Music in the English Courtly Masque, 1604-1640

By Peter Walls | Go to book overview

5

Music for the Eyes

Oh, to make Boardes to speake! There is a taske
Painting & Carpentry are ye Soule of Masque.
Pack wth your pedling Poetry to the Stage,
This is ye money-gett, Mechanick Age!
To plant ye Musick where noe eare can reach!
Attyre ye persons as noe thought can teach
Sense, what they are! which by a specious fyne
Terme of ye Architects is called Designe!
Ben Jonson, 'Expostulation with Inigo Jones' (ll. 49-56)

Jonson's 'Expostulation' marks the final parting of the ways in a partnership which -- despite very evident difficulties -- had given the Jacobean masque a consistency of structure and an artistic integrity which no other form of courtly entertainment in Europe could rival. The occasion of the quarrel was said to have been Jones's annoyance at having had his name placed alongside (rather than above) Jonson's on the title-page of Love's Triumph through Callipolis.1 The battle between these two men was not simply a matter of either's feeling that their particular sphere should take precedence in the masque device. Jonson's attacks consistently claimed that Jones wanted all the arts -- including music -- subsumed under his control. As the 'Expostulation' has it 'but he now is come | To be ye Musick Master! Fabler too! | He is, or would be ye mayne Dominus doe | All in ye Worke!' Whatever the cause of the argument, Jonson's friends felt he was unwise to rail against as influential a person at court as Inigo Jones. James Howell wrote 'you shall do well to represse any more copies of the Satyre, for to deale plainly with you, you have

____________________
1
Letter from John Pory to Sir Thomas Puckering, 12 Jan 1632: 'The last Sunday at night the Kinges masque was acted in the banquetting house, the Queens being suspended till another time, by reason of a sorenes which fell into one of her delicate eyes. The Inventor or Poet of this masque was Mr. Aurelian Townshend sometimes towards the lord Treasurer Salisbury, Ben Jonson being for this time discarded, by reason of the predominant power of his Antagonist, Innigo Jones, who this time tweluemoneth was angry with him for putting his owne name before his in the title-page, which Ben Jonson made the subject of a bitter Satyr or twoe agains Innigo.' GB-Lbl, MS Harl. 7000, fo. 318v; quoted in Bentley, Jacobean and Caroline Stage, v. 1228. It is interesting, in this context, to note the form of words which had been used on the title-page of The Memorable Masque in 1613: 'Inuented, and fashioned, with the ground, and speciall structure of the whole worke, By our Kingdomes most Artfull and Ingenious Architect INNIGO IONES. Supplied, Aplied, Digested, and written, by GEO: CHAPMAN.'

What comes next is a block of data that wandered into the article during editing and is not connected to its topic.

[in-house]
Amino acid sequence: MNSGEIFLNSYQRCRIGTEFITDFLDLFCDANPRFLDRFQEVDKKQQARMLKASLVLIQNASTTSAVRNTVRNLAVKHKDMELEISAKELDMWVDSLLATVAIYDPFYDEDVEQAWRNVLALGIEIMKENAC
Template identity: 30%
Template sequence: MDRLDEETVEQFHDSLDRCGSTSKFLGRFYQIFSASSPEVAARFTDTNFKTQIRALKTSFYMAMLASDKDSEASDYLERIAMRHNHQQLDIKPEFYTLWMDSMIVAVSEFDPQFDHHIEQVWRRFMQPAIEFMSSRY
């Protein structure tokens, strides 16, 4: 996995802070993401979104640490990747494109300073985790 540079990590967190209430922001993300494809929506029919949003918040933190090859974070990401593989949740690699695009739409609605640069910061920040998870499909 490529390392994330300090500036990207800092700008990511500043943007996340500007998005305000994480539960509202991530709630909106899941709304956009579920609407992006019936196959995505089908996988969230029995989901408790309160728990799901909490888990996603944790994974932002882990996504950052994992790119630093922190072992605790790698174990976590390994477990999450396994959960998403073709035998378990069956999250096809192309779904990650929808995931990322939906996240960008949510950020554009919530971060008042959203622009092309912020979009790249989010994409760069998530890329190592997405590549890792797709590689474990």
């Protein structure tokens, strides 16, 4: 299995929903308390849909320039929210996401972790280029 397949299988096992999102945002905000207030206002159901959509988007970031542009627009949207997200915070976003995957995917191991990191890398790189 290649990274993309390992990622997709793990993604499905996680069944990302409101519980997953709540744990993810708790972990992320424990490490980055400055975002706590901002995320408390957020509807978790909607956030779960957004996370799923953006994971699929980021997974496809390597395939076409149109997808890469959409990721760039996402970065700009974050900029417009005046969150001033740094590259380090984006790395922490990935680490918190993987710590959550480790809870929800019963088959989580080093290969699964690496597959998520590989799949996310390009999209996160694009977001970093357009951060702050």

-206-

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Music in the English Courtly Masque, 1604-1640
Table of contents

Table of contents

  • Title Page iii
  • Preface vii
  • Contents xi
  • List of Plates xiii
  • List of Tables xiv
  • List of Music Examples xv
  • Abbreviations xviii
  • Introduction 1
  • 1 - Texts, Scores, and Musicians 7
  • 2 - Masque Song 43
  • 3 - Dance and Instrumental Music 104
  • 4 - The William Lawes Masques 159
  • 5 - Music for the Eyes 206
  • 6 - French Influence in the Caroline Masque 221
  • 7 - Masques Away from Whitehall 260
  • 8 - Realizations 304
  • Epilogue 333
  • Appendix - A Calendar of Masque Texts 341
  • Bibliography 349
  • Index 361
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